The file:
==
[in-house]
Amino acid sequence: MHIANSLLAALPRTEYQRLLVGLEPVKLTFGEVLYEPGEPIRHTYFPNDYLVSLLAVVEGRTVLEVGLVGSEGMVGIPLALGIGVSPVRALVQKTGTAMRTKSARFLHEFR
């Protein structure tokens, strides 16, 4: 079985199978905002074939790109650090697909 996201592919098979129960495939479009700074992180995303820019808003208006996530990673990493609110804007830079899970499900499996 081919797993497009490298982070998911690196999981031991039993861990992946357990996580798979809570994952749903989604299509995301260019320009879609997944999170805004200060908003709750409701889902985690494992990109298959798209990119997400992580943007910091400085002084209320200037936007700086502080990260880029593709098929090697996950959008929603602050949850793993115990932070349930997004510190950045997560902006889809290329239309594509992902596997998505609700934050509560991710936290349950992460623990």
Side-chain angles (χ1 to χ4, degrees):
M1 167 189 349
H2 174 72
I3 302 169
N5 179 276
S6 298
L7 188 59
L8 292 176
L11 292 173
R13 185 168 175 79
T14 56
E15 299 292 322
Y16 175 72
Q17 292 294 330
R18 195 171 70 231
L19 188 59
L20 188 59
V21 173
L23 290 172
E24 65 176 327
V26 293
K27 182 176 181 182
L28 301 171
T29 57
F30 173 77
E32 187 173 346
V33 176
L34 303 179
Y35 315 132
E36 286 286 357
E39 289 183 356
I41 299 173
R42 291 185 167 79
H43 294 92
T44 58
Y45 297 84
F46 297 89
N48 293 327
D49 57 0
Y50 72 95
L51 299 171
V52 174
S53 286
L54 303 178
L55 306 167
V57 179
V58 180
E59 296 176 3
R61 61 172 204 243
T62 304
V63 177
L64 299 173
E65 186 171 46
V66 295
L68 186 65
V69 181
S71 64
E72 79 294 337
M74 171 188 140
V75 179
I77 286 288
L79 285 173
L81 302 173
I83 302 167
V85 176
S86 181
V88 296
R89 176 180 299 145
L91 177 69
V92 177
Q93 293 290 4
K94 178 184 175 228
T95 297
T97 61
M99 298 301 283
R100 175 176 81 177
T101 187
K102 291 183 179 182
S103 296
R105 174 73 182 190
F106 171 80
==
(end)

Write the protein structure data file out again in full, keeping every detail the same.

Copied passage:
[in-house]
Amino acid sequence: MHIANSLLAALPRTEYQRLLVGLEPVKLTFGEVLYEPGEPIRHTYFPNDYLVSLLAVVEGRTVLEVGLVGSEGMVGIPLALGIGVSPVRALVQKTGTAMRTKSARFLHEFR
């Protein structure tokens, strides 16, 4: 079985199978905002074939790109650090697909 996201592919098979129960495939479009700074992180995303820019808003208006996530990673990493609110804007830079899970499900499996 081919797993497009490298982070998911690196999981031991039993861990992946357990996580798979809570994952749903989604299509995301260019320009879609997944999170805004200060908003709750409701889902985690494992990109298959798209990119997400992580943007910091400085002084209320200037936007700086502080990260880029593709098929090697996950959008929603602050949850793993115990932070349930997004510190950045997560902006889809290329239309594509992902596997998505609700934050509560991710936290349950992460623990």
Side-chain angles (χ1 to χ4, degrees):
M1 167 189 349
H2 174 72
I3 302 169
N5 179 276
S6 298
L7 188 59
L8 292 176
L11 292 173
R13 185 168 175 79
T14 56
E15 299 292 322
Y16 175 72
Q17 292 294 330
R18 195 171 70 231
L19 188 59
L20 188 59
V21 173
L23 290 172
E24 65 176 327
V26 293
K27 182 176 181 182
L28 301 171
T29 57
F30 173 77
E32 187 173 346
V33 176
L34 303 179
Y35 315 132
E36 286 286 357
E39 289 183 356
I41 299 173
R42 291 185 167 79
H43 294 92
T44 58
Y45 297 84
F46 297 89
N48 293 327
D49 57 0
Y50 72 95
L51 299 171
V52 174
S53 286
L54 303 178
L55 306 167
V57 179
V58 180
E59 296 176 3
R61 61 172 204 243
T62 304
V63 177
L64 299 173
E65 186 171 46
V66 295
L68 186 65
V69 181
S71 64
E72 79 294 337
M74 171 188 140
V75 179
I77 286 288
L79 285 173
L81 302 173
I83 302 167
V85 176
S86 181
V88 296
R89 176 180 299 145
L91 177 69
V92 177
Q93 293 290 4
K94 178 184 175 228
T95 297
T97 61
M99 298 301 283
R100 175 176 81 177
T101 187
K102 291 183 179 182
S103 296
R105 174 73 182 190
F106 171 80